Patrick and I dropped loads, and headed out for a few late afternoon runs on the surrounding slopes where we found delightful conditions on a variety of aspects through the newly burned forest. A surreal scene for the senses of skiing on the white stuff through stands of blackened sentinels, the fierceness and ferocity of the blaze is evident in certain sections more than others, some untouched by the fire, while others completely seared. Patrick mentioned that these areas had perhaps never been skied before. The density of the forest would not allow for skiing, and the canopy would prevent any good snow from reaching the slope. We were essentially skiing slopes for the first time.
A summit of nearby Fox Peak proved that the storm was blowing itself out was evident as the winds whipped over the high point, forcing us to get off the summit quick. We enjoyed untracked through another burn, and a short climb back to the yurt for the night. A flask of whiskey passed around the warm yurt, and a fine meal of curried chicken by Patrick, followed by a batch of Alisa’s cookies made for a fine evening.
We enjoyed a leisurely start the next morning, said farewell to the interns, and headed out for our tour. A long descent through another burn yielded cold snow, and we made a move to the east sampling a variety of shots on a variety of aspects as they presented themselves. A lunch stop on top of Tornak Peak provided amazing views with mountains filling the sky in all directions. Patrick named off the summits and the choice lines as I made mental notes of the amazing quantity of lines that appeared skiable. Patrick confirmed the skiablity on all of them.
We made our way south to the Fox Creek drainage, skiing soft,creamy snow on the souths, and colder powder on the norths. We reversed direction and headed north to gain the Tornak hut for the night, and our last descent down through a charred glade filled with soft snow had us talking of going up for one more run, but we decided that we had covered more than enough terrain for the day, and perhaps it would be wise to head for the shelter.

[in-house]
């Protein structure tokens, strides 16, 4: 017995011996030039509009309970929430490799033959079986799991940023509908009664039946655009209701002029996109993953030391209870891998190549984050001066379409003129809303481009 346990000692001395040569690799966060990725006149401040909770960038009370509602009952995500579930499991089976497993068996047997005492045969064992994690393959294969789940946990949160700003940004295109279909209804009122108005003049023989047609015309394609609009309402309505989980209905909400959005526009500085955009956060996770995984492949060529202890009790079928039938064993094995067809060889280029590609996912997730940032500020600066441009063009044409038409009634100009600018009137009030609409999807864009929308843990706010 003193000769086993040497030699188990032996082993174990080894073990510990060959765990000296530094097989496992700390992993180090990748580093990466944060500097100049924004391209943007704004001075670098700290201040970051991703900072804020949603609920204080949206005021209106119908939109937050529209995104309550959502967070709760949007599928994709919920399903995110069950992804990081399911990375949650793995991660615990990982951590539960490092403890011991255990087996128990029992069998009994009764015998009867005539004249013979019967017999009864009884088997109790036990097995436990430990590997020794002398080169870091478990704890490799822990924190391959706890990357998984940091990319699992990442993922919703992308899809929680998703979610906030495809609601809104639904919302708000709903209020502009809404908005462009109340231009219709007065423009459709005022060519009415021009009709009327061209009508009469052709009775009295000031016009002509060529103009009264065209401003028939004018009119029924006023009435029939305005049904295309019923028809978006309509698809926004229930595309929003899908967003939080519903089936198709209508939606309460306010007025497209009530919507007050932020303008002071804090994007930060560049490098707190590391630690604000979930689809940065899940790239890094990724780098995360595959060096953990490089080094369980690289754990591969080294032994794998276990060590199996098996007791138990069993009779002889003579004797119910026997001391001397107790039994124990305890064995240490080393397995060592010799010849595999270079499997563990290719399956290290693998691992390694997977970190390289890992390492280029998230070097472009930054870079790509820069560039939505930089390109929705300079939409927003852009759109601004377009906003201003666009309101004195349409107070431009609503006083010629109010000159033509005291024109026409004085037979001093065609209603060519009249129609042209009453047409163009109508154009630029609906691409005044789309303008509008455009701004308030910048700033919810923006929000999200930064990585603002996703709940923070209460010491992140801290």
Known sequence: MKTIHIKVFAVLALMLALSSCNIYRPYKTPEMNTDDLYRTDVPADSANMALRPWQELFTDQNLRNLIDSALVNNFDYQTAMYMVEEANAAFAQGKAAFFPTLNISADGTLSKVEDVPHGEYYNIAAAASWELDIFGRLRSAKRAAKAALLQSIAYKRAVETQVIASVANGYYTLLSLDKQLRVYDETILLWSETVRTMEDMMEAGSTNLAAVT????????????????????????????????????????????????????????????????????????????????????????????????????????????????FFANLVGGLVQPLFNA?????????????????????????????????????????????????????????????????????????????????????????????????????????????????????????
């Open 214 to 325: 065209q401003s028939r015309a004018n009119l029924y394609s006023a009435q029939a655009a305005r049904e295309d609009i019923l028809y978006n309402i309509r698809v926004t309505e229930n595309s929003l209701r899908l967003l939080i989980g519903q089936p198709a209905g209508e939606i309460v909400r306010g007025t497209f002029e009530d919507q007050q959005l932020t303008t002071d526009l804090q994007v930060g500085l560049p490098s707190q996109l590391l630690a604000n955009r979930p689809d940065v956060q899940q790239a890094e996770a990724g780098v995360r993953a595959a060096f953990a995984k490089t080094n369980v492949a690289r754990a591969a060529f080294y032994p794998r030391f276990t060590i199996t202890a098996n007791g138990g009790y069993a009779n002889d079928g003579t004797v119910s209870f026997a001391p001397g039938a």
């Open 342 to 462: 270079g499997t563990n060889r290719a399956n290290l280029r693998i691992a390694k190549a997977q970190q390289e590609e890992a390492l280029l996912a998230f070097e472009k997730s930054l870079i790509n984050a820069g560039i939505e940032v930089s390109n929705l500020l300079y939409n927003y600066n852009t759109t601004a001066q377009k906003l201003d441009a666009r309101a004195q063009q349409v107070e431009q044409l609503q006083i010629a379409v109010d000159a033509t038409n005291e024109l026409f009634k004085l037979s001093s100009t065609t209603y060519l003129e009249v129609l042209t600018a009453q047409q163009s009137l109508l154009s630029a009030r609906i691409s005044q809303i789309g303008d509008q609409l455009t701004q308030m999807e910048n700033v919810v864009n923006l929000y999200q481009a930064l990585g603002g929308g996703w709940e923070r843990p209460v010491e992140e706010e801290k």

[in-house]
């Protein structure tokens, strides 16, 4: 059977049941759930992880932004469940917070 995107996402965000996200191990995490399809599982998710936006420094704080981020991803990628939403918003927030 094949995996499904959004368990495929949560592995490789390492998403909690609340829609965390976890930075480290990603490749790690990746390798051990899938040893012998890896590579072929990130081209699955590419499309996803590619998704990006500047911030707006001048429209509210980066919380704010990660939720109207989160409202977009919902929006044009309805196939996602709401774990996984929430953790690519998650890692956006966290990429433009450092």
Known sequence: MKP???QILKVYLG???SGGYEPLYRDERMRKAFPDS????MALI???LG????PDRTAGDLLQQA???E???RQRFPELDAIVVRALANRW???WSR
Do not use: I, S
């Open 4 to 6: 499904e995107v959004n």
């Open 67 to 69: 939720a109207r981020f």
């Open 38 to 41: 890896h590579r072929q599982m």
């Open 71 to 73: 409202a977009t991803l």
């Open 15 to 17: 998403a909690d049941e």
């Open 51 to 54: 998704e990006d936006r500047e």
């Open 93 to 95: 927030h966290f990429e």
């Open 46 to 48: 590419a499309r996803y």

The Tornak hut is a great mountain shelter, long and spacious, with amazing views of the Boulder Mountains across the valley. We enjoyed a salmon pasta dinner, and called it a night early. We had a long walk for the day, and had gained a good bit of vertical, savoring every descent.
The last day was bluebird, and warming up quick. A cold freeze the night before had put a hard crust on the previous days melt on the souths, but we still found soft snow in the sheltered slopes to start the day. A wide open slope facing south at the top of one descent had turned to that amazing metamorphosis of snow that happens in the spring- corn.
After a perfectly cooked descent, it was time to make a move for home, as I had to get back to Park City that night. We had one more creamy north run, and then had to take one more on the south facing, another great corn slope with views of the Smoky’s that won’t dissolve soon. It’s a big range, with lots of possibilities. The huts provide great access to wonderful terrain, with more remote options available for the adventurous. Summer will be here soon, and I’ll be heading back to the Coyote yurt to sample some of the Smoky Mountain single track that rivals anything- anywhere. The skiing does too.